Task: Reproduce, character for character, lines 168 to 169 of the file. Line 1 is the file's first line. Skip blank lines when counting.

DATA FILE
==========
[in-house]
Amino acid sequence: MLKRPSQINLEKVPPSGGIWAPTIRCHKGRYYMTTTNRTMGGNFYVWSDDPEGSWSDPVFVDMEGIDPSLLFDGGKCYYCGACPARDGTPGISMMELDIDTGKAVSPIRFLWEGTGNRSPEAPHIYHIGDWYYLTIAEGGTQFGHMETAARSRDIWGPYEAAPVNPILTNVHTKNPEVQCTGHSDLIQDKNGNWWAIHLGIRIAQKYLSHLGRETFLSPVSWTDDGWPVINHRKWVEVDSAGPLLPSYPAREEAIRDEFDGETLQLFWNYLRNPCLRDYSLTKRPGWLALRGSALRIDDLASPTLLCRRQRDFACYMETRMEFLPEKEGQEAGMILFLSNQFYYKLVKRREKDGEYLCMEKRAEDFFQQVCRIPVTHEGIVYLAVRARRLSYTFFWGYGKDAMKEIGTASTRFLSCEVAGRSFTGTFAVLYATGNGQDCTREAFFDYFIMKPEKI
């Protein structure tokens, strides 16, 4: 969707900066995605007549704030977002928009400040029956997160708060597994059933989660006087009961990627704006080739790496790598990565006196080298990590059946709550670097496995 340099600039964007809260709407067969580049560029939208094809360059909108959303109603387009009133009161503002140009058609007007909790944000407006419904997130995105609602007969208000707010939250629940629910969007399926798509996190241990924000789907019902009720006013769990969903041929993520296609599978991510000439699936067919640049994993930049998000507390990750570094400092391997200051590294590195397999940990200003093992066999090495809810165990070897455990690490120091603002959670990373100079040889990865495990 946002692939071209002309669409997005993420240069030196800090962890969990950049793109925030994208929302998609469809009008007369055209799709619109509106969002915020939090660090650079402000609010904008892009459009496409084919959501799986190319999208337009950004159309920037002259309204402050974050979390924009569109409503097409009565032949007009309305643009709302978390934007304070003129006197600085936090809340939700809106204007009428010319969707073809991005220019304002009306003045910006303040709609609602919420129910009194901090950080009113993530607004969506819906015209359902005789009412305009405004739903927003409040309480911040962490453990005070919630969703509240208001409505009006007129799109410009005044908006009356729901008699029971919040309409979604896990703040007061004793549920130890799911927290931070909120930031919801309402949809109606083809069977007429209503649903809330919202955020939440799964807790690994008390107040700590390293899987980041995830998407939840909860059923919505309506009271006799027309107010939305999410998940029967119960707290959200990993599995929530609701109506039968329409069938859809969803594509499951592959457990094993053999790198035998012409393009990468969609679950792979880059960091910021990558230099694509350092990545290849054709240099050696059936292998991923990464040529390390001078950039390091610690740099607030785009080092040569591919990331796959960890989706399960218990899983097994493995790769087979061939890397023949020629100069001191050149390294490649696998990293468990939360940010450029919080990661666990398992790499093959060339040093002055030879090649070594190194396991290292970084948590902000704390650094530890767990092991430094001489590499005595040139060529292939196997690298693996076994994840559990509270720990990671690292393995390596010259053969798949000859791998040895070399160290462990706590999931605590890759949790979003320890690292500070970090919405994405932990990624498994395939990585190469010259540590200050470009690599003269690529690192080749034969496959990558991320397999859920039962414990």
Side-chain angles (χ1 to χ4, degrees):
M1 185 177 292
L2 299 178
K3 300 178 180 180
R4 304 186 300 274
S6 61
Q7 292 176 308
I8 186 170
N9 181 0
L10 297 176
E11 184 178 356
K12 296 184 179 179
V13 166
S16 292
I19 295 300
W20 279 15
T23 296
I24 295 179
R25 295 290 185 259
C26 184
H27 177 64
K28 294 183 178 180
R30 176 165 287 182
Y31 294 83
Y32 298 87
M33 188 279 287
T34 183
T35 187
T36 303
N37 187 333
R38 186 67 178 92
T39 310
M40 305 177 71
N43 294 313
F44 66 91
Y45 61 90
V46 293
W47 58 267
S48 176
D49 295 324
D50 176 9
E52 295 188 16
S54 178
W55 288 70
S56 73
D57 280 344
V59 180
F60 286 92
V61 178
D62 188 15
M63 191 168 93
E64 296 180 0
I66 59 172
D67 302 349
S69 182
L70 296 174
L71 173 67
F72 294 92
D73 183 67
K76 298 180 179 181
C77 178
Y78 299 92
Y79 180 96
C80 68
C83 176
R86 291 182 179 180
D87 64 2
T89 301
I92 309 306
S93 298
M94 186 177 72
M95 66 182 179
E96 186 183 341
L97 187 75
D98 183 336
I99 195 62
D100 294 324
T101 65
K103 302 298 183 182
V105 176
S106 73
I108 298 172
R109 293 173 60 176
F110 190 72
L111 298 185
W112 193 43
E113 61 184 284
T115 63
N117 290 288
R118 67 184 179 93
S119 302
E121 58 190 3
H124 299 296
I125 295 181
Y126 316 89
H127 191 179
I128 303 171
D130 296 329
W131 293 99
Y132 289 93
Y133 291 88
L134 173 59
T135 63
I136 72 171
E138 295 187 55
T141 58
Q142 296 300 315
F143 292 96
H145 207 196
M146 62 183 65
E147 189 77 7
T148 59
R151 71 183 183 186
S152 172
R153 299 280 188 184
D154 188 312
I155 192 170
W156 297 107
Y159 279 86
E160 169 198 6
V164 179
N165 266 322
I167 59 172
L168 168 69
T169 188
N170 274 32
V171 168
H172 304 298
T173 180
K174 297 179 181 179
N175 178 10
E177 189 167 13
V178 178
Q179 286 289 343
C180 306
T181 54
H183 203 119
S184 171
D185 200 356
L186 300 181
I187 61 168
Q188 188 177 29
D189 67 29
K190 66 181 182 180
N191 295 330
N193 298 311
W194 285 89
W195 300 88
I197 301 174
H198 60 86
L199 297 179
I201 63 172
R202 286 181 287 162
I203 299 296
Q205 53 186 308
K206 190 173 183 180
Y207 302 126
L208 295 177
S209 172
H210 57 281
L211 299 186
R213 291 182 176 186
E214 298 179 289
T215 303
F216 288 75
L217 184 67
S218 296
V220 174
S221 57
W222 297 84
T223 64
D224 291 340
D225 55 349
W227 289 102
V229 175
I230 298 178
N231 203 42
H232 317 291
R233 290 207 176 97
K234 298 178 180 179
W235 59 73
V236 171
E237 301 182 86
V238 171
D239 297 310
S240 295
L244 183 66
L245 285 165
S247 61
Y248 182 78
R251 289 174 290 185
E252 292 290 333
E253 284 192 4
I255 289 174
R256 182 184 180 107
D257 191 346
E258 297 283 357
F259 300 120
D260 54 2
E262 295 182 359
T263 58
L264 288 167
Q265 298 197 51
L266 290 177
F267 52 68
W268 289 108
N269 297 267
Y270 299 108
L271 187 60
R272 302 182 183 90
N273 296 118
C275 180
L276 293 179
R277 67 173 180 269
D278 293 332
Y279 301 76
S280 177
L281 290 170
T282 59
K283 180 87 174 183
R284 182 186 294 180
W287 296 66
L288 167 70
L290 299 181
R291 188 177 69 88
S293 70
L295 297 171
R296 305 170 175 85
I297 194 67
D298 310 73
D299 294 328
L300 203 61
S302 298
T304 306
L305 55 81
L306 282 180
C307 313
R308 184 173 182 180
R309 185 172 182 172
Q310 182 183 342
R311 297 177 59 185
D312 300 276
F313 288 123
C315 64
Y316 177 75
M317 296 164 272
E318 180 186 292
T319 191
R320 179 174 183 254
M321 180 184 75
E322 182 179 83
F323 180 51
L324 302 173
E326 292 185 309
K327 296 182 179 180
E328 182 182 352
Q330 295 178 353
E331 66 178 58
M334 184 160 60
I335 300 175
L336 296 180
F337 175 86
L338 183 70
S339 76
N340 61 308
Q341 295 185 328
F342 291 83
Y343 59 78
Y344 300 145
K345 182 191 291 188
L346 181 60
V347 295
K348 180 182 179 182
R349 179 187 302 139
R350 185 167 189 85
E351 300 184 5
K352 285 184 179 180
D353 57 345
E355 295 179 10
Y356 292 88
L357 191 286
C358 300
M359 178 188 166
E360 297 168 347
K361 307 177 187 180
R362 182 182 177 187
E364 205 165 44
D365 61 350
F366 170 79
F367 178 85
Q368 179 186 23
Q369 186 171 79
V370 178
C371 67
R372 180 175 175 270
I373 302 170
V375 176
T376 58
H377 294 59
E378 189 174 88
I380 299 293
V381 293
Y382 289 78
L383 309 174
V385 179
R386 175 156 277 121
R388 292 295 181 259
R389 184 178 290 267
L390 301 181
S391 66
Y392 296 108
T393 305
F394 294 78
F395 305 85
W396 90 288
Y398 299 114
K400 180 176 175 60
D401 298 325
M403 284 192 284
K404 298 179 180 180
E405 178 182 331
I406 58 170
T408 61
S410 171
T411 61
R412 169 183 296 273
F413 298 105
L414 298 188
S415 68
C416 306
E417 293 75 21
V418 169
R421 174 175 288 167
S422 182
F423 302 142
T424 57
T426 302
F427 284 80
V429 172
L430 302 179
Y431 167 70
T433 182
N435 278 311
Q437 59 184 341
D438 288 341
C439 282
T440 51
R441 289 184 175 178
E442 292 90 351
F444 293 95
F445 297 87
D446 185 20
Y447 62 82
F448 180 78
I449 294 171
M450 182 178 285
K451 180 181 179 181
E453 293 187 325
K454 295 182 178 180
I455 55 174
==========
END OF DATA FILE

F216 288 75
L217 184 67